With severe weather season upon us, this week is dedicated to the preparations that take place prior to the peak of season, known as National Severe Weather Preparedness Week.
Typically, severe weather ramps up during transitional seasons with severe weather firing up first in the South in February.
March and April are commonly the most active months of the season for the Deep South, while in the northern areas the season's height normally occurs in May and June.
"Severe weather can occur at any time during the year because of the discrepancy between warm, moist air and cold, dry air," AccuWeather Senior Meteorologist Dan Kottlowski said. "The frequency of severe weather is more of a problem headed into the spring months."
Just last year, financial losses from severe weather in 2013 exceeded $1 billion in the United States, according to the National Oceanic and Atmospheric Administration, NOAA.
While the United States averages approximately 1,253 tornadoes per year, according to NOAA, last year ranked below average with 903 tornadoes total.
Even though numbers were down in 2013, a few disastrous twisters rampaged across Oklahoma, wreaking havoc and destroying entire communities.
Spotlighted last year were two separate tornadoes, the first an EF-5 twister that plundered through Moore, Okla., on May 20, 2013, killing seven children and the second, the widest tornado on record, coming two weeks later on May 31, 2013, barreling through El Reno, Okla.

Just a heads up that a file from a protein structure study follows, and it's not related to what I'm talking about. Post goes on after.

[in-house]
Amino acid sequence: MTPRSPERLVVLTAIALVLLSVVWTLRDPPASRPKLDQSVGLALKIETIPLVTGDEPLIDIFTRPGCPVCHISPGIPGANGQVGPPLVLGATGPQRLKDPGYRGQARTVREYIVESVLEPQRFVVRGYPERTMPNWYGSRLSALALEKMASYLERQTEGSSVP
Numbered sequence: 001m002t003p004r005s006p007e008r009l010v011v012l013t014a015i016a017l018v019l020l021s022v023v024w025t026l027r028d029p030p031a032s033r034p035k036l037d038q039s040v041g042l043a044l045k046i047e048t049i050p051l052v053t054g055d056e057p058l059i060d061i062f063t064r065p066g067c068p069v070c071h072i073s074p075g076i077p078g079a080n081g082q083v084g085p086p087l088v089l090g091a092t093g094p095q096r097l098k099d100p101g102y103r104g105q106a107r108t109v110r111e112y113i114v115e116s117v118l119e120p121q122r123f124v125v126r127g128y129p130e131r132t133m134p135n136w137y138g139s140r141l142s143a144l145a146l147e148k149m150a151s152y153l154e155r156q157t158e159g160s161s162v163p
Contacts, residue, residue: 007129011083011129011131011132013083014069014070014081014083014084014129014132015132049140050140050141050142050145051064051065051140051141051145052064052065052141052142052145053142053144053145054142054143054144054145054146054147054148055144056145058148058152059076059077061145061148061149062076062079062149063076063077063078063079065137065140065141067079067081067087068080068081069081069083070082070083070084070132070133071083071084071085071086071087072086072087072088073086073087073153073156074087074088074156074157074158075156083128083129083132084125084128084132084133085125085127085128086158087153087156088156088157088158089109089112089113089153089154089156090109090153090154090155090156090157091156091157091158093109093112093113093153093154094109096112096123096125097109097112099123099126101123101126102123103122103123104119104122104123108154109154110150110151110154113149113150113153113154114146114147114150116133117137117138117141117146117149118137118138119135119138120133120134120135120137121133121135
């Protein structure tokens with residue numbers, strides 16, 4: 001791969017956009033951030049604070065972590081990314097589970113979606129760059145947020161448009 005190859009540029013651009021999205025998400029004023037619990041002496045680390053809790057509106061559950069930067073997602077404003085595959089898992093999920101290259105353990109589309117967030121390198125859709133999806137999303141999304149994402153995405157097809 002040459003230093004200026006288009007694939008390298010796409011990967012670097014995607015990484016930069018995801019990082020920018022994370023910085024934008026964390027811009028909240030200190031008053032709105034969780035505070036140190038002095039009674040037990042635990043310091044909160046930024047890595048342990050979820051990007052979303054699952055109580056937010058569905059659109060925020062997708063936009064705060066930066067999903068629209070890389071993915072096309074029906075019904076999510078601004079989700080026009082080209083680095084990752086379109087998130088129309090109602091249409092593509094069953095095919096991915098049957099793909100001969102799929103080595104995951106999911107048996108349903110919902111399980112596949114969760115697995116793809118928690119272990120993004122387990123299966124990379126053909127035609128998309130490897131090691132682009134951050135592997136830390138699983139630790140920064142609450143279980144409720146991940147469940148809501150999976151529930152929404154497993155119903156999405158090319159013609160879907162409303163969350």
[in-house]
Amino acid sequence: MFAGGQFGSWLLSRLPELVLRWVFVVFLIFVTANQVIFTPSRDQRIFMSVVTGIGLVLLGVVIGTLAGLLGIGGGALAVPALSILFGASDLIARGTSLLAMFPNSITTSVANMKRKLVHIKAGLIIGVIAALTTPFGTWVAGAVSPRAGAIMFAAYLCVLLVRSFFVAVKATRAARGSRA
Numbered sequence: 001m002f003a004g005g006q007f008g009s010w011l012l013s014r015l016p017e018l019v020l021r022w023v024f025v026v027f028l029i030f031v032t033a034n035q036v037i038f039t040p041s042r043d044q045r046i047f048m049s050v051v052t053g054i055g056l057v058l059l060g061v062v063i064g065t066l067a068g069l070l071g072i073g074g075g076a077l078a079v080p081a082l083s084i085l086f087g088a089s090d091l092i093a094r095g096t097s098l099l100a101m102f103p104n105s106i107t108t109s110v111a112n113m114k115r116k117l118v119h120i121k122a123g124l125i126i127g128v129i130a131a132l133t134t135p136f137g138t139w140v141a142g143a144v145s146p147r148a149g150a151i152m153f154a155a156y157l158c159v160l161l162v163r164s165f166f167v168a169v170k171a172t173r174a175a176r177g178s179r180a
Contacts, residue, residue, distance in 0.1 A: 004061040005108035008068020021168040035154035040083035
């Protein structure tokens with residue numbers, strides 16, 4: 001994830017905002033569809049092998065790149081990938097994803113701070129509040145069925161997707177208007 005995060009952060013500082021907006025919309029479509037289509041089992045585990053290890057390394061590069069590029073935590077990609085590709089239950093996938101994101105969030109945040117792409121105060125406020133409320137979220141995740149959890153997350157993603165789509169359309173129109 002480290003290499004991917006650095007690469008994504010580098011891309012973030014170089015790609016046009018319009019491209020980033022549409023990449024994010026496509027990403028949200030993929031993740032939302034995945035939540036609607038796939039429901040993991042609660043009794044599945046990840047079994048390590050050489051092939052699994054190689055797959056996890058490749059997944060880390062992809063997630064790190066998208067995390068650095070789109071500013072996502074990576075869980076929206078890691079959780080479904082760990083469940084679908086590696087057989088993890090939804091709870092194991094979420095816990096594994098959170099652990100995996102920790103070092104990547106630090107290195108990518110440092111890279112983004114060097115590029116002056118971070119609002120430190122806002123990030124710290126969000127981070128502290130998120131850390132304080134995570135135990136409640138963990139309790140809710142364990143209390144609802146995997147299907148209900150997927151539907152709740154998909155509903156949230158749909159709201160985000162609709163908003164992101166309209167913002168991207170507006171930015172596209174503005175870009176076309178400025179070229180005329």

Still recovering from the aftermath of the deadly twister, Moore continues to rebuild. To help with recovery efforts, the city was awarded $26.3 million in disaster recovery aid by the U.S. Housing and Urban Development. On Feb. 18, 2014, the city plans to release their plan of action publicly.
With this year's severe weather season expected to mimic last year's due to the amount of cold and stable air in the atmosphere, the Gulf Coast may still be at risk for several severe weather incidents, according to AccuWeather.com Lead Long-Range Forecaster Paul Pastelok.
Ahead of the impending season, National Severe Weather Preparedness Week aims to get people ready for the potentially life-threatening dangers of the season, including tornadoes.
To protect yourself and your loved ones from severe weather, NOAA encourages people to know their own risk, take action and be an example in the community.
Aside from taking precautions into your own hands, many companies are joining the fight to ready the nation for the forthcoming season, including AccuWeather.
As a long-time Weather-Ready Nation Ambassador™, the company is working hard with NOAA to improve the nation's readiness, responsiveness and overall resilience against extreme weather events.
This program is a recognition that it takes the entire American Weather Enterprise to help people understand their risk for severe and disruptive weather in their community, according to AccuWeather Director of Innovative and Development Jon Porter.
"We will continue communicating, through our public facing digital media properties, information that will help citizens and businesses be aware of upcoming severe weather potential and further understand what impacts can be expected in their area so that they can make improved decisions about how to prepare for dangerous weather," Porter said.